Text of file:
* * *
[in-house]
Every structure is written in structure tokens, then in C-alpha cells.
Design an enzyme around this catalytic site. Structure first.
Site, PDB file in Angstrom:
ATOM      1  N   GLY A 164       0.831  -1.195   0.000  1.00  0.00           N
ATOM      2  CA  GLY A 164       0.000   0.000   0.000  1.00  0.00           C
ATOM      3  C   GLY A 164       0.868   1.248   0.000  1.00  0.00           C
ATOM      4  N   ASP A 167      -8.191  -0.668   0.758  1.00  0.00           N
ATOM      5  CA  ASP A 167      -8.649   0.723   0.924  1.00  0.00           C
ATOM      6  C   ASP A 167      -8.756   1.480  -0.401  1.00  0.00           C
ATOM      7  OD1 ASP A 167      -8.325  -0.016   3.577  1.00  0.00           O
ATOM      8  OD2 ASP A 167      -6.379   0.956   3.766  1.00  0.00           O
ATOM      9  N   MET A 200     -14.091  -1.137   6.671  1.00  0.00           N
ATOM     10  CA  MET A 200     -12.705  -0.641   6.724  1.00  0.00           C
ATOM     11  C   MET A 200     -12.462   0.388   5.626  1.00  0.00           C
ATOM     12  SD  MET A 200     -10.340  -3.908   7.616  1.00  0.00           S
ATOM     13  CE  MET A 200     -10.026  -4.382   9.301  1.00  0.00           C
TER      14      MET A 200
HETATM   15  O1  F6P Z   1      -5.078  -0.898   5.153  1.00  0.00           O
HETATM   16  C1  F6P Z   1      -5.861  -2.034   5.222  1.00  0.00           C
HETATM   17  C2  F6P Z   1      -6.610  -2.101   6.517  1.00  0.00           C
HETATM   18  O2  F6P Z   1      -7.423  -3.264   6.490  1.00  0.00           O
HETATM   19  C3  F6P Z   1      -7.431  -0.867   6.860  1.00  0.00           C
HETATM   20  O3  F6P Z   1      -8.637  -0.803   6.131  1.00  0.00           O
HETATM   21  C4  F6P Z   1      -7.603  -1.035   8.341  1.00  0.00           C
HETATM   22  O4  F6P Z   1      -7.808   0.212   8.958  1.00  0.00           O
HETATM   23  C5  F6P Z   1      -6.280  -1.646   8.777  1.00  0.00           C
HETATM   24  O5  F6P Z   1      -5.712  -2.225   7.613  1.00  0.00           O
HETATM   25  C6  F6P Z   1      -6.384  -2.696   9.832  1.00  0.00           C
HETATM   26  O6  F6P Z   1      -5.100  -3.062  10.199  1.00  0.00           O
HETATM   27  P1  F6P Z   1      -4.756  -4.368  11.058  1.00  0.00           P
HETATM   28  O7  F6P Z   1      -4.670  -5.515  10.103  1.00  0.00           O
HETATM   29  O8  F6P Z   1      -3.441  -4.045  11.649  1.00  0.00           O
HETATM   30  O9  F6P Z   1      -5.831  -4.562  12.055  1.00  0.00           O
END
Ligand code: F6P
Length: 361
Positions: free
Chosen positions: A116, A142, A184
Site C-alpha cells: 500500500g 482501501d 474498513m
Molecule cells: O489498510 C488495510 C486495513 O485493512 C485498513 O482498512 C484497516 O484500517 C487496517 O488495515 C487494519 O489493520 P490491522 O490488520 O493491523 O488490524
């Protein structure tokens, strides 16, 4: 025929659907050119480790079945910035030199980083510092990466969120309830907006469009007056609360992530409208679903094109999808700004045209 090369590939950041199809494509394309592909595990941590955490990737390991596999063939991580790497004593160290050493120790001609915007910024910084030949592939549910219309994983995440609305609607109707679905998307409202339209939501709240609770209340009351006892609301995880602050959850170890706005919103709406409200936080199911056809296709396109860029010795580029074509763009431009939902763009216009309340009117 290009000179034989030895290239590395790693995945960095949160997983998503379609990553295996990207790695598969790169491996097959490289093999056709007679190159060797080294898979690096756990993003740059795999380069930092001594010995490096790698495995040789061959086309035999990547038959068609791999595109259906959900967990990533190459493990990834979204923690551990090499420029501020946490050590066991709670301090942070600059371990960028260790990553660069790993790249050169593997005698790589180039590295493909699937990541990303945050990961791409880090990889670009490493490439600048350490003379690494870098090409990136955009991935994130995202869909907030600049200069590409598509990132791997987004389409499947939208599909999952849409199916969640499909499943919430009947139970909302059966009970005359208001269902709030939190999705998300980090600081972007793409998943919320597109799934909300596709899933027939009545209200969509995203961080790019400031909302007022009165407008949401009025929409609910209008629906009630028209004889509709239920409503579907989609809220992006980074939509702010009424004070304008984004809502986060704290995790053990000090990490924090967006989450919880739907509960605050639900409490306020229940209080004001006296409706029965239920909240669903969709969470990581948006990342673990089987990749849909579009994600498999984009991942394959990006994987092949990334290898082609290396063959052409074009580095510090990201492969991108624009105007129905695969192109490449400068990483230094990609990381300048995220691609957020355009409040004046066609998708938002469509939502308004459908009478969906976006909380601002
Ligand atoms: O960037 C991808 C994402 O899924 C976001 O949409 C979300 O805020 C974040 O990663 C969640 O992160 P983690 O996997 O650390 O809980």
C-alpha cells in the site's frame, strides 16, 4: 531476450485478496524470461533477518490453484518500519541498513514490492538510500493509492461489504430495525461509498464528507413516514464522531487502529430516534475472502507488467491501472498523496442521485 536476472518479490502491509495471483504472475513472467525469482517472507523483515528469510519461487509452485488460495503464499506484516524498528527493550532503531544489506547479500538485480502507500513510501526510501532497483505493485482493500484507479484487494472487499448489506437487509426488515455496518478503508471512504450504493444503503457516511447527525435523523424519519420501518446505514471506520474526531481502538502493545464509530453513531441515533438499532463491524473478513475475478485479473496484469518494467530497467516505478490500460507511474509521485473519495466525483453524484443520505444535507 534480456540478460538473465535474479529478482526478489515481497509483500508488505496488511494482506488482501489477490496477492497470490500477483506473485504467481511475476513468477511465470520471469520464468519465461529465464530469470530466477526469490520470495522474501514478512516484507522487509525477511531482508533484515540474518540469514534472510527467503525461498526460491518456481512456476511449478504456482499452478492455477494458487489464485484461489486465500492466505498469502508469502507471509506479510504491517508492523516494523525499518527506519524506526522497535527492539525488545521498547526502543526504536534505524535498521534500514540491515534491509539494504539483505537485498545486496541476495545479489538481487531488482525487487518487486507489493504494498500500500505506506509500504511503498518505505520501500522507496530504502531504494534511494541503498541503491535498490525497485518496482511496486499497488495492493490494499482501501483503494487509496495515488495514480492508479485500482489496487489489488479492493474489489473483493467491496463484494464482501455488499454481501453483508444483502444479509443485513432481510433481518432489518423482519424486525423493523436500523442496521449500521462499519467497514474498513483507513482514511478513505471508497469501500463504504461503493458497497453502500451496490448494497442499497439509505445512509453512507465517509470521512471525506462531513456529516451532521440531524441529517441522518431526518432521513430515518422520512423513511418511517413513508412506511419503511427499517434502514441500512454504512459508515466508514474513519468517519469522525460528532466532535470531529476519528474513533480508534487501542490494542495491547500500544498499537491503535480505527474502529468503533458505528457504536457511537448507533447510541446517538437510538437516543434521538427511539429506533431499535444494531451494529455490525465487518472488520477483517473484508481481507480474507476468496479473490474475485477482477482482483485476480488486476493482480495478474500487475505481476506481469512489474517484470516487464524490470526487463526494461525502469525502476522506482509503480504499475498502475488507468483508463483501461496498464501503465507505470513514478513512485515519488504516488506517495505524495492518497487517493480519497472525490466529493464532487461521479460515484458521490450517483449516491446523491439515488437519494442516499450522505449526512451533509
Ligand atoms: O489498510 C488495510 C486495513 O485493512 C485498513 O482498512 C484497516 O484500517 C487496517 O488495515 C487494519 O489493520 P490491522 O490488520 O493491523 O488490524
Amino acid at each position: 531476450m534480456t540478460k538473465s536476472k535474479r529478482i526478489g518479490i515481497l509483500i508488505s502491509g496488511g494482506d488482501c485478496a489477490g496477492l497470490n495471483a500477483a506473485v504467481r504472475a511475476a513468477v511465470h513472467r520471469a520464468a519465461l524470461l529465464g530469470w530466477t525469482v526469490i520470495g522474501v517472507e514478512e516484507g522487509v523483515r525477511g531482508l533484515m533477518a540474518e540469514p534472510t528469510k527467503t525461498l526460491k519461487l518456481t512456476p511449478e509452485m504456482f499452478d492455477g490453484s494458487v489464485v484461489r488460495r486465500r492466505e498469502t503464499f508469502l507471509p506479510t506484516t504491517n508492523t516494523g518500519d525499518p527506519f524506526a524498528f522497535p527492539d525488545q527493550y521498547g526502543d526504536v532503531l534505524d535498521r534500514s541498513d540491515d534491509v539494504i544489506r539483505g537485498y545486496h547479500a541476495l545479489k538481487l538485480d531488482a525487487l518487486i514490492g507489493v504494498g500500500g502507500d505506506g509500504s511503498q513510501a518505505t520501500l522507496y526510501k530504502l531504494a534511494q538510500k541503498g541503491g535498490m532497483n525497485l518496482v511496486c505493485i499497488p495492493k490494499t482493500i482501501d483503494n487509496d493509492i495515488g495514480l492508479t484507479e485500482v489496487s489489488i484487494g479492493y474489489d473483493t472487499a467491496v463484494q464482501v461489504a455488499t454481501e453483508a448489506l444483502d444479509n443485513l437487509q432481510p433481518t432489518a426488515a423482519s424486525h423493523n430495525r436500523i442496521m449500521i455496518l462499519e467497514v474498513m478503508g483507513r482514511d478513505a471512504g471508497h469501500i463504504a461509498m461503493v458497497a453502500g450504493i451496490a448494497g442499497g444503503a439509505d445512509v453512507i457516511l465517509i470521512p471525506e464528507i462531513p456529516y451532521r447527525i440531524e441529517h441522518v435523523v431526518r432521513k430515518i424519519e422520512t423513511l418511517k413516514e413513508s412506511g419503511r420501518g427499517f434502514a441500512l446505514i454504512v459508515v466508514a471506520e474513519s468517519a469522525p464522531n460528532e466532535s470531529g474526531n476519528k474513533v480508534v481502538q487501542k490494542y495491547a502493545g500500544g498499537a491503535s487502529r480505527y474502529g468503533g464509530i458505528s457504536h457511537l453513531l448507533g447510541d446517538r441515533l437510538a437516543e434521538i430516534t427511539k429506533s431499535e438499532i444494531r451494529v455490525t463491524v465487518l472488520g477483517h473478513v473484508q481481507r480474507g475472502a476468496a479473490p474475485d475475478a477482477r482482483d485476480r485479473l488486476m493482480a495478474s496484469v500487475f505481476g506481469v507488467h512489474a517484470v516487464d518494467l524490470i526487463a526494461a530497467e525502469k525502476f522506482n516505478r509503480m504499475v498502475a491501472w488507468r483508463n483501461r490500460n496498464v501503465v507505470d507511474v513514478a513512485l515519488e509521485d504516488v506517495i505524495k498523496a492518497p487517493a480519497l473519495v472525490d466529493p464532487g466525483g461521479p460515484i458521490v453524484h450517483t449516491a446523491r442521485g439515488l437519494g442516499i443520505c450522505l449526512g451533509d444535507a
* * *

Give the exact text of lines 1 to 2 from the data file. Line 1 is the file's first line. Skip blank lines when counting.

[in-house]
Every structure is written in structure tokens, then in C-alpha cells.